A thought had started occurring to me that since there was no blood found on the scene of the crime, there was a possibility that Tejpal Singh was already dead when he was shot. Obviously, a dead man if shot will not bleed. So I ran a story which was carried on the front page and raised the all-important question on whether Tejpal Singh already dead when he was shot. I referred to ante mortem and post mortem wounds as per Modi’s book and talked about the description of the wounds which matched the post mortem description rather than the ante mortem description. A senior police officer I went to did confirm that Tejpal did not bleed and told me that the bullet had pierced his heart, lungs and liver as per the autopsy report and also the ballistic examination of the gun shot to trace the bullet path. It also became clear that intruder theory of the police was to cover up the crime. There was just no intruder as was evident from a dialogue with some policemen involved in the initial investigations.
All this while I was wondering why would anyone kill a constable unless there was a clear motive and what could it be. Did Tejpal Singh know about some secrets or did he invite someone’s wrath for his errant conduct? The answer was not there but it became clear to me that he was shot while he was lying dead. The police theory was misleading as anyone who was shot from point blank range would not end up having the bullet passing through his heart, lungs and liver. This could happen only if a man was lying dead and was shot through the heart from a gun pointing downwards from his heart and through his lungs and liver.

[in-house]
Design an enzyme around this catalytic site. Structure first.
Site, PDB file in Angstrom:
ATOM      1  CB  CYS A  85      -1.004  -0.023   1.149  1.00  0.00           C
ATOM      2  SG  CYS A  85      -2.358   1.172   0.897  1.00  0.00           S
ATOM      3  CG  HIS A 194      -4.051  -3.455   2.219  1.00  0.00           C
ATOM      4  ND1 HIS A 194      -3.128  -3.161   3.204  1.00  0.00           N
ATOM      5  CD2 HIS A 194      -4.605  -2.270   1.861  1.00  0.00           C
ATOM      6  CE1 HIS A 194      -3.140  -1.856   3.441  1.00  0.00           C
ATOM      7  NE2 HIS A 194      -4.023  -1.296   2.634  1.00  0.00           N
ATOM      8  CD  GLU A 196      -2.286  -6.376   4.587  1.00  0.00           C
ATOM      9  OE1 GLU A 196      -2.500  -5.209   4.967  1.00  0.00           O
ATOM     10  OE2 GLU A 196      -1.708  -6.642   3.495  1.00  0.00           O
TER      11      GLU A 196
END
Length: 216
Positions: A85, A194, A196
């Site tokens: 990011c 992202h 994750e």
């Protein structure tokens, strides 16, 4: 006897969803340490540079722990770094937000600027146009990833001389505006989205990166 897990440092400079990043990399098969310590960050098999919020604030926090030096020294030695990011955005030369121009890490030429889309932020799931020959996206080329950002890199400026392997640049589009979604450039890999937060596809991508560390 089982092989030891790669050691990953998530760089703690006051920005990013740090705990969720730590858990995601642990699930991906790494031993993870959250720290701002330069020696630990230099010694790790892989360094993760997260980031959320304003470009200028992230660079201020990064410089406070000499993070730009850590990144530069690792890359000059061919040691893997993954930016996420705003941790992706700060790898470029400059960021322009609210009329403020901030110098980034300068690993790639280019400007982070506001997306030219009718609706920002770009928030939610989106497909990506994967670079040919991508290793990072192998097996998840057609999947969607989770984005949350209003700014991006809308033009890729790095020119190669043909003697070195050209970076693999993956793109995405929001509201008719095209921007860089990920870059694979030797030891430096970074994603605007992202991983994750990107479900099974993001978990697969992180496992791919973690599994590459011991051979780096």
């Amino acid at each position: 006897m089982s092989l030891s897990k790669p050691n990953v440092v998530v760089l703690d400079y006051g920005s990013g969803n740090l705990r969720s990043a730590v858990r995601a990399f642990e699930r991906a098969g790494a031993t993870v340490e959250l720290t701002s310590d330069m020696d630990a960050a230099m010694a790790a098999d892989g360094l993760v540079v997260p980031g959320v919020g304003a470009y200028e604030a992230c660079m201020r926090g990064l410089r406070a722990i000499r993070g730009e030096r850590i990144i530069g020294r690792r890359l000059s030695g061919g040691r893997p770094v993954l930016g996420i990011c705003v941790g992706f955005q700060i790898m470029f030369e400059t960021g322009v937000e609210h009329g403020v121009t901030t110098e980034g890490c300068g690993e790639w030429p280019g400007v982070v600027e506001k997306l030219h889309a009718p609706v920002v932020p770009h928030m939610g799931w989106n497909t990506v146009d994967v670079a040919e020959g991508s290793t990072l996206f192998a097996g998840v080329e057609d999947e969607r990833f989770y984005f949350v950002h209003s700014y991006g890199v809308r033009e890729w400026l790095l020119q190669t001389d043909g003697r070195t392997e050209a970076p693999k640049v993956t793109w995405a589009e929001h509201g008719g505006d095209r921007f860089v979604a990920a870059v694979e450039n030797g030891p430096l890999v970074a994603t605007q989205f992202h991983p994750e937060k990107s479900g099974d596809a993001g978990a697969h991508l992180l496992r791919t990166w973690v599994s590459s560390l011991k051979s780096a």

The matter did not end there as I next went and met a senior member of the Forensic science department at Maulana Azad Medical college who on condition of anonymity opined that my hypothesis appeared to be right and he (Tejpal) was shot after he was dead. I asked him why would the cause of death not show in the post mortem. To which he said that if anyone were injected an overdose of a certain drug (I do not wish to name this medicine in public interest) it would not show either in the autopsy or perhaps not even in the viscera report. I carried another story on this. I was subsequently advised by my Editor who had been approached by some powerful people to wait for a while before doing any more follow-ups. No other newspaper followed this up either.
A year later, I talked about this case remaining unsolved but was again advised to go slow on the follow up. I was also told why was it important to write only about one unsolved case when there were so many others. But then Tejpal Singh’s death was always a mystery, which I thought, had been solved and any public disclosure would have led to many kinds of insinuations being made against some influential people.
The funny coincidence in the entire thing was that when I met the then Police Commissioner Pritam Singh Bhindar just before he was replaced by Mr Bajrang Lal in December, 1981, one of his last acts was to give a sewing machine and some compensation to the widow of Constable Tejpal Singh as also that of another Constable Pale Ram who had died in an encounter with some miscreants near the Old Police Lines the same year. I wonder whether, the police will ever declare this case solved. The answer my friend is blowing in the wind…